Radiation exposure with the RVG-S and conventional intraoral X-ray film

Oral Radiology (Impact Factor: 0.17). 05/1994; 10(1):33-40. DOI: 10.1007/BF02348012

ABSTRACT The exposure required to obtain optimal image quality was determined using conventional intraoral x-ray film (Eastman Kodak,
Rochester, NY) and the RVG-S Radio VisioGraphy-S: Trophy Radiology, Vincennes, France) CCD-based intraoral radiographic imaging
system. The RVG-S permitted dose reductions of 50 to 65% for individual exposures in comparison with Ektaspeed film, and 73
to 76% when compared to Ultraspeed film. The dose dynamic for the RVG-S was 8.6 times narrower than that for conventional
film. Perception of low contrast details was not significantly different between either type of x-ray film and the RVG-S.

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    ABSTRACT: PurposeCurrent CCD-based intraoral radiographic systems permit the use of any dental X-ray generator. As a consequence, beam quality can be altered. This study was carried out to investigate studied the effects of varying beam quality on the VIXA-2 image contrast (Gendex Dental Systems srl Milan, Italy). MethodsImages were made of a standard aluminum stepwedge and the pixel value of each step was measured. An optical bench was used to standardize geometric projection. Soft-tissue equivalent attenuation was effected using 1.75 cm plexiglass. Exposures were made at 2–48 impulses using 50–90 kVp settings at 10 kVp intervals. Exposures (μC/kg) were determined using a beryllium-windowed ionization chamber. ResultsThe pixel values for each step decreased both with increased exposure (μC/kg) and with increased kVp. The relationship between exposure and pixel value was not linear. The longest scale of contrast was obtained at 17.3, 15.2, 13.5, 11.7, and 11.3 μC/kg respectively at 50, 60, 70, 80, and 90 kVp. The gradient for pixel values along the steps was steeper at lower kVp settings than at higher kVp settings. ConclusionsThe VIXA-2 can be operated at a wide range of kVp settings. Gamma conversion inherent in the VIXA-2 creates wide variations in the pixel values for different stepwedge thicknesses.
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    ABSTRACT: ObjectivesThis study investigated the effect of the size of the sensitive area of the charge-coupled devices (CCD) used in digital intraoral radiographic systems on the patient effective dose in full-mouth radiographic examinations. MethodsThe effective dose was assessed in full-mouth radiographic examinations using the bisecting angle technique, while assuming that CCD sensitivity is equivalent to that of E-speed film. The results were compared with the effective doses obtained using E-speed film. The tube potentials used were 70, 80, and 90 kV. The diameter of the circular field at the cone tip was 7 cm, and the length of the spacer cone was 20 cm. Twelve types of CCD devices with sensitive areas ranging from 307 to 1200 mm2 were assessed in seven digital intraoral radiographic systems. ResultsThe number of exposures and effective dose using the CCD devices were inversely proportional to the sensitive area of the CCD. Both the number of exposures and the effective dose were increased when using a CCD with a sensitive area smaller than the intraoral film size. Consequently, a reduction in the patient dose did not occur to the extent expected, based on the relative sensitivity of the CCD to film. ConclusionsIn order to fully realize the advantages of a CCD, it will be necessary both to reduce the frequency of examinations and to use a rectangular-shaped beam in CCD-based intraoral radiographic systems.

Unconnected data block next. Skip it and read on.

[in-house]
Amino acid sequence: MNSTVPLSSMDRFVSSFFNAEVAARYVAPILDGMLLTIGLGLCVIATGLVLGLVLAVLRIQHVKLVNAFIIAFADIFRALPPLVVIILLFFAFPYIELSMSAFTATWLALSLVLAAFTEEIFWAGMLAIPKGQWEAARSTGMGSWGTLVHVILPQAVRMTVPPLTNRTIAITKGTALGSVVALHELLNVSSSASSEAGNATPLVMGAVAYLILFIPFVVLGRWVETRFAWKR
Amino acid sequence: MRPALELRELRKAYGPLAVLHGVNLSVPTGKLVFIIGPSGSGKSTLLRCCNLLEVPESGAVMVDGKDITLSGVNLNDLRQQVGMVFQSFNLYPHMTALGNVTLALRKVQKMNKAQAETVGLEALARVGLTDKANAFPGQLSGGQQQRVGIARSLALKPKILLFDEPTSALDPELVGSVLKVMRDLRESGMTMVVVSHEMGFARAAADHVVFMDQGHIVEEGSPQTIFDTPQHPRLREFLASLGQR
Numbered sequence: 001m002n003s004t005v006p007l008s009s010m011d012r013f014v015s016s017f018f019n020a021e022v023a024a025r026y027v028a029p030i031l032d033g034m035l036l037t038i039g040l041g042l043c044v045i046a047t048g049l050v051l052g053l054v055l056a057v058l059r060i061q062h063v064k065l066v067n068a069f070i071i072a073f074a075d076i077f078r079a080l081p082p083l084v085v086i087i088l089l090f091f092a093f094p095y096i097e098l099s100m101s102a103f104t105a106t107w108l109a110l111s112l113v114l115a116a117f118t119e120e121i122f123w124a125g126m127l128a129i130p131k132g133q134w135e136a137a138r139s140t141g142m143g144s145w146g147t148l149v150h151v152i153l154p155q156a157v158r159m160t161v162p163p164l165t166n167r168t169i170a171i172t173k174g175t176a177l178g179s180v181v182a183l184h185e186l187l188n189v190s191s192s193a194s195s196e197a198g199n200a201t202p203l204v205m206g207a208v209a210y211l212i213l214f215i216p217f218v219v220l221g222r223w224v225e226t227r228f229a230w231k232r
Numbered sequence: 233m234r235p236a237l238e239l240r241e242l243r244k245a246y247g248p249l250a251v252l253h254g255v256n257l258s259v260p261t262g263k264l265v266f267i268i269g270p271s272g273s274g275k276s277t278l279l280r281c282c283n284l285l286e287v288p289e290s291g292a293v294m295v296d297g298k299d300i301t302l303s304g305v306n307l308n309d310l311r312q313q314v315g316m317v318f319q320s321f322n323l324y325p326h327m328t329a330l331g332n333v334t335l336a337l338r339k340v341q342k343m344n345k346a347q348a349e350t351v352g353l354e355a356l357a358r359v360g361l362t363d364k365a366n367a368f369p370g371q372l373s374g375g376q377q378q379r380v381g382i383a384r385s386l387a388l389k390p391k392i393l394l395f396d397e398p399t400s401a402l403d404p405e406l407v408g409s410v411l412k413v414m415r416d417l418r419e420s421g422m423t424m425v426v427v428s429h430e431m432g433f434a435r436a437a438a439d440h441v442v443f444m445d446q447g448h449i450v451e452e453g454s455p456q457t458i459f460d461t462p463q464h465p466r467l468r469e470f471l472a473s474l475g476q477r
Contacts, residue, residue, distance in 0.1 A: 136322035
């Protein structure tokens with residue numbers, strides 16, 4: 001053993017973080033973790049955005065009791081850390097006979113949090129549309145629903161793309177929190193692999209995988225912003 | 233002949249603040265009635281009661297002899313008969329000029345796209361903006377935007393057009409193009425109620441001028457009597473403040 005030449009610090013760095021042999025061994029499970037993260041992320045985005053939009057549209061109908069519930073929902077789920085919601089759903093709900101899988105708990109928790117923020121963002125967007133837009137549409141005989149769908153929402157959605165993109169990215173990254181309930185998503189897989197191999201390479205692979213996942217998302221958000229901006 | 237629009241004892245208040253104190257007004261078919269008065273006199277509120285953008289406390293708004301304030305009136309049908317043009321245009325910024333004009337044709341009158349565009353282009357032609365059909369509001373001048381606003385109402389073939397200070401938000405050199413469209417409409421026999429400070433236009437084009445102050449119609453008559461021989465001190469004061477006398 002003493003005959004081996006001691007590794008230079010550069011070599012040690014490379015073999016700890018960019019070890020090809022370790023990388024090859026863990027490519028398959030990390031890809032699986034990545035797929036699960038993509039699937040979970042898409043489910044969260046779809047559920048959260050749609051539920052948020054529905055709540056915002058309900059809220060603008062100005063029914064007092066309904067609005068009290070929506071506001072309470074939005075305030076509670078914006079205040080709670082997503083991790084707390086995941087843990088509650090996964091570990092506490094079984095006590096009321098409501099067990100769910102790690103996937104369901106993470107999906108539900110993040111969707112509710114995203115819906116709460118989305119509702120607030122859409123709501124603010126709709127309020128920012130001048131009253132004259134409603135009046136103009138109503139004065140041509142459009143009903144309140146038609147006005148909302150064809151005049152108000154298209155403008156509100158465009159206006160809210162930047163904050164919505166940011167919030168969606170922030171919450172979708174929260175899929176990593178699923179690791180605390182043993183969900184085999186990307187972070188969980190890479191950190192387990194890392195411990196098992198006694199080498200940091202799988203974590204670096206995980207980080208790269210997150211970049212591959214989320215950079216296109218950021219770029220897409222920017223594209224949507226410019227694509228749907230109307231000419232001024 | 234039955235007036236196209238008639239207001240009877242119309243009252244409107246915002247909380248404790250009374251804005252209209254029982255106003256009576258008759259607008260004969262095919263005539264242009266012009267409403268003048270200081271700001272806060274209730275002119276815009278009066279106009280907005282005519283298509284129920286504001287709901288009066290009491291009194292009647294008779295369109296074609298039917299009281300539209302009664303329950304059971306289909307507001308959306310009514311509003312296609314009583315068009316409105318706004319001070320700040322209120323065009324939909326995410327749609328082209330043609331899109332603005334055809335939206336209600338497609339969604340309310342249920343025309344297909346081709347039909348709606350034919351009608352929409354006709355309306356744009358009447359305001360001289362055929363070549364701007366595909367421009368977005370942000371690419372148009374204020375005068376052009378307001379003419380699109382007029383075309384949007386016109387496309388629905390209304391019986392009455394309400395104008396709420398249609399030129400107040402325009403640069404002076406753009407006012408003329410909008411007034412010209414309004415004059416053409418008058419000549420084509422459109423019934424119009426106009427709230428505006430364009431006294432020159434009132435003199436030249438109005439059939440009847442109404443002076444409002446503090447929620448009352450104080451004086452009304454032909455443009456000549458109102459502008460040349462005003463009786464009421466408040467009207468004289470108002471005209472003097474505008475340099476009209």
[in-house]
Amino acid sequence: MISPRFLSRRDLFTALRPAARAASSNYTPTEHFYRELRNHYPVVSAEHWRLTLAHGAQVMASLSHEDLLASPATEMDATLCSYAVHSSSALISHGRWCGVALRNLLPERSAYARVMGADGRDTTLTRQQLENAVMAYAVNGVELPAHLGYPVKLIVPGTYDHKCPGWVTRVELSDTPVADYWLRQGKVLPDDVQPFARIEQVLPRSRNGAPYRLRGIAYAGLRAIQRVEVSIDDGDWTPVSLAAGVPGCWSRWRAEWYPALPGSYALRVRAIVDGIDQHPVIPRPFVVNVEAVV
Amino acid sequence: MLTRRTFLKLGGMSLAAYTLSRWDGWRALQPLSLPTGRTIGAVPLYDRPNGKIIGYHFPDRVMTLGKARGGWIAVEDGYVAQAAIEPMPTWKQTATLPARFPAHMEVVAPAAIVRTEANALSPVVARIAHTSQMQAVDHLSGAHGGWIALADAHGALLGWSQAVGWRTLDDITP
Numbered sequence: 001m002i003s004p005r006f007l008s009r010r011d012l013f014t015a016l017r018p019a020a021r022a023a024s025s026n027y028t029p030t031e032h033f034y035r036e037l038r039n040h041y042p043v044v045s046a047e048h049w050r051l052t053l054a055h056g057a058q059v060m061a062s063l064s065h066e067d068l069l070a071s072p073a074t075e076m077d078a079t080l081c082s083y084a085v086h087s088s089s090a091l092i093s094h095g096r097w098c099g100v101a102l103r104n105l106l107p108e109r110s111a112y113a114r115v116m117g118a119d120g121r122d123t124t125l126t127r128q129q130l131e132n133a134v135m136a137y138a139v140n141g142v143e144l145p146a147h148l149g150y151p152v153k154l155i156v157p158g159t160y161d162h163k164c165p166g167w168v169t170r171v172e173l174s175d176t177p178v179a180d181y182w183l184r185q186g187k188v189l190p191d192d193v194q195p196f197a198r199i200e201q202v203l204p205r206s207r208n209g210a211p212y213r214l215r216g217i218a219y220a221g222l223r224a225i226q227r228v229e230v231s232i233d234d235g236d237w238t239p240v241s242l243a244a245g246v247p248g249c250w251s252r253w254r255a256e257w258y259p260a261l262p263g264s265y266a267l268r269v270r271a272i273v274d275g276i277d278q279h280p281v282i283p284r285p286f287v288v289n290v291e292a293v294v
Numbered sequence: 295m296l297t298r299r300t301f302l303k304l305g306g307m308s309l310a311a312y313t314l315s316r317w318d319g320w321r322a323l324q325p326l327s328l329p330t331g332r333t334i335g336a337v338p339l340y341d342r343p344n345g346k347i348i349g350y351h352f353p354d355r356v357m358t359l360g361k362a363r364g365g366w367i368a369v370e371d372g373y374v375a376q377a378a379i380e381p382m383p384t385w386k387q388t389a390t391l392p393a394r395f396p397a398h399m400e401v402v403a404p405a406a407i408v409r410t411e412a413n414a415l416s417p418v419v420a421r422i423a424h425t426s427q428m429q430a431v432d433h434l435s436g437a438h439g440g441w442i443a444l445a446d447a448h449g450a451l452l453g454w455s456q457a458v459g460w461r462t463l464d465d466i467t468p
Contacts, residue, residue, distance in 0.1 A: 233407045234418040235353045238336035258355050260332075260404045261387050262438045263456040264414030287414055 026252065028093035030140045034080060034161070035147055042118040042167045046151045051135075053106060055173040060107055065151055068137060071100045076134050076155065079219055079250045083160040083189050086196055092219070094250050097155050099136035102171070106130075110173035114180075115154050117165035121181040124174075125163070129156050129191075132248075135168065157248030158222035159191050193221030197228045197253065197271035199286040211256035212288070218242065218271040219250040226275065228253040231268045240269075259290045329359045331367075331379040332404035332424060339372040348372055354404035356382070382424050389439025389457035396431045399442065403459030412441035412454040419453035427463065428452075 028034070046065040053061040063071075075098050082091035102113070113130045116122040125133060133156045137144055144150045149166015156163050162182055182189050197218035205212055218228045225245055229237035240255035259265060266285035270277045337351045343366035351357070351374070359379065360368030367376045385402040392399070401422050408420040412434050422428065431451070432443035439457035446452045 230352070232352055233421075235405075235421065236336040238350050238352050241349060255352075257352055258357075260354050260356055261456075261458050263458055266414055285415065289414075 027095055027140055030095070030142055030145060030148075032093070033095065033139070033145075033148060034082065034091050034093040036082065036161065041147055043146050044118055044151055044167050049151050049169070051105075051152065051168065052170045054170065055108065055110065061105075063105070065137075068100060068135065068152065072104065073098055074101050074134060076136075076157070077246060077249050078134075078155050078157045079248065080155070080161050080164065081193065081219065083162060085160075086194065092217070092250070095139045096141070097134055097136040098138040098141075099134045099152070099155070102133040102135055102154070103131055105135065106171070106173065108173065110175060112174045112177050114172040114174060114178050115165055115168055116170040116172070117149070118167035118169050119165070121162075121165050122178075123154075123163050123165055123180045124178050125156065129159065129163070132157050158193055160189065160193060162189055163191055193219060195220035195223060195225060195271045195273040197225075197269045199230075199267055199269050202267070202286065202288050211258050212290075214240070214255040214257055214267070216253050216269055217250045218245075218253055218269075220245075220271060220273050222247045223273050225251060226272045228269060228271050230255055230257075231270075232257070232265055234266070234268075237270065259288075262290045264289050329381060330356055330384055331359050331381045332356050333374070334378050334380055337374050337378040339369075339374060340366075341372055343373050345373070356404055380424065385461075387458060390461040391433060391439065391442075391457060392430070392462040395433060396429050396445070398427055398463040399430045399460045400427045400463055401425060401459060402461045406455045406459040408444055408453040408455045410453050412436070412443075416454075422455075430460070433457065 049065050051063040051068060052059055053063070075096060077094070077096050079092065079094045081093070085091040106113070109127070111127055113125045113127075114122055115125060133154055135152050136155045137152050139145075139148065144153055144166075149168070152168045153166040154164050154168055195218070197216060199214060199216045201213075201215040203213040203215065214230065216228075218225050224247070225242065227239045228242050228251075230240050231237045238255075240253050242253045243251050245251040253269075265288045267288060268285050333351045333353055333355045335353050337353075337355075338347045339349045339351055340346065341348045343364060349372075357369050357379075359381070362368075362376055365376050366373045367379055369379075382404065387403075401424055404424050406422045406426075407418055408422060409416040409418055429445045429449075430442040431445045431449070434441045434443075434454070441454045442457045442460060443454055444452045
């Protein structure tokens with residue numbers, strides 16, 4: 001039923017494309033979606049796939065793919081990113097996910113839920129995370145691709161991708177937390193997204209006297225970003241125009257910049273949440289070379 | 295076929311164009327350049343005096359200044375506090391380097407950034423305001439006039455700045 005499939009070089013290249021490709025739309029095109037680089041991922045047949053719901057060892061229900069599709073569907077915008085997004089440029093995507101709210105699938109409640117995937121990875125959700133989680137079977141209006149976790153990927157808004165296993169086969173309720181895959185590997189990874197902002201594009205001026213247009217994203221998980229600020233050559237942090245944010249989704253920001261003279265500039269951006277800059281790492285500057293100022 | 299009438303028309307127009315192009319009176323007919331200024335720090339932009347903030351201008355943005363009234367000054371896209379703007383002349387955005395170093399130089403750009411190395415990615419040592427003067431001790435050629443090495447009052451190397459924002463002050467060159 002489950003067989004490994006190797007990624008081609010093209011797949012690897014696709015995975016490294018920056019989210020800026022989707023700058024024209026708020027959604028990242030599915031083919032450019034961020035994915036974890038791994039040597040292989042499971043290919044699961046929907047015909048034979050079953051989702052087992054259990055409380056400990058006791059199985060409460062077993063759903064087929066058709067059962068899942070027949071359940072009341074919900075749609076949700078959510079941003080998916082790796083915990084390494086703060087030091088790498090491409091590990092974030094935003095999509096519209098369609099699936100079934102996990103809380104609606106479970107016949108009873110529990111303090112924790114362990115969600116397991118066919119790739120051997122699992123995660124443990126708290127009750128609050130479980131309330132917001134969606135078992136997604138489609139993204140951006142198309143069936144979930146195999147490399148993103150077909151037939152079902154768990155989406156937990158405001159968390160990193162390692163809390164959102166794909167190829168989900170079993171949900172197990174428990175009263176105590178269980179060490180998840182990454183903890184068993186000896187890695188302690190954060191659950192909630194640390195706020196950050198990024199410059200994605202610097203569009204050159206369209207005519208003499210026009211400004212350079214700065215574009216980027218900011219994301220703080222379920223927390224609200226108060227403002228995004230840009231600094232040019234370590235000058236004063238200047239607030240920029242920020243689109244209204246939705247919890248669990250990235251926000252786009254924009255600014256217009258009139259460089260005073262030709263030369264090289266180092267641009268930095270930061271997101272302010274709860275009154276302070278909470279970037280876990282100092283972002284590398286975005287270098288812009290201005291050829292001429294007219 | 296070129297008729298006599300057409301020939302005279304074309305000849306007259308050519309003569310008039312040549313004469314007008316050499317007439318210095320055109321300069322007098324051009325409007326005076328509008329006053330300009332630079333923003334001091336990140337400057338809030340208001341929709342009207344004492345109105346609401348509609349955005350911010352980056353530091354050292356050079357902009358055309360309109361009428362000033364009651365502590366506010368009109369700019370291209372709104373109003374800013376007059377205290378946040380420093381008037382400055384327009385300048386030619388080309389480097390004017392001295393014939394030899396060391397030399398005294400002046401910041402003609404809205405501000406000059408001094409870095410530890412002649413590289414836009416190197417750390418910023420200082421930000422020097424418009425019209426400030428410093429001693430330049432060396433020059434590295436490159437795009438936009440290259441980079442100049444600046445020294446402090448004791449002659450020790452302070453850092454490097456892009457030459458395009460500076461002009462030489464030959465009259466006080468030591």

Oral Radiology 22(2):62-68. · 0.17 Impact Factor
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    ABSTRACT: Cutoff frequency images eliminating radiographic information of high frequency areas were obtained using a low-pass filter in a spatial frequency domain and inverse fast Fourier transform processing. Using these images, the spatial frequency range of the radiographic information necessary for the X-ray diagnosis of normal anatomical structures on intraoral computed radiography was investigated. Normal anatomical structures were evaluated on either gradational enhancement images or frequency-enhanced images, from which the frequency range of 2.0–3.0 cycles/mm had been eliminated. The mean value of spatial frequency components did not differ markedly between the frequency-enhanced images and the gradational enhancement images. However, the evaluations made by different examiners varied less in the case of the frequency-enhanced images. The diagnostic ability demonstrated, with film output images and cathode ray tube (CRT) output images, was within a narrow range. This indicates that images displayed on monitors are as useful diagnostically as conventional dental film images. These results suggest that the maximum spatial frequency required for the evaluation of normal anatomical structures in intraoral radiography is 3.0 cycles/mm. Also, diagnosis is possible from the CRT, and it is unnecessary to output the image to film.
    Oral Radiology 11/1995; 11(2):37-46. · 0.17 Impact Factor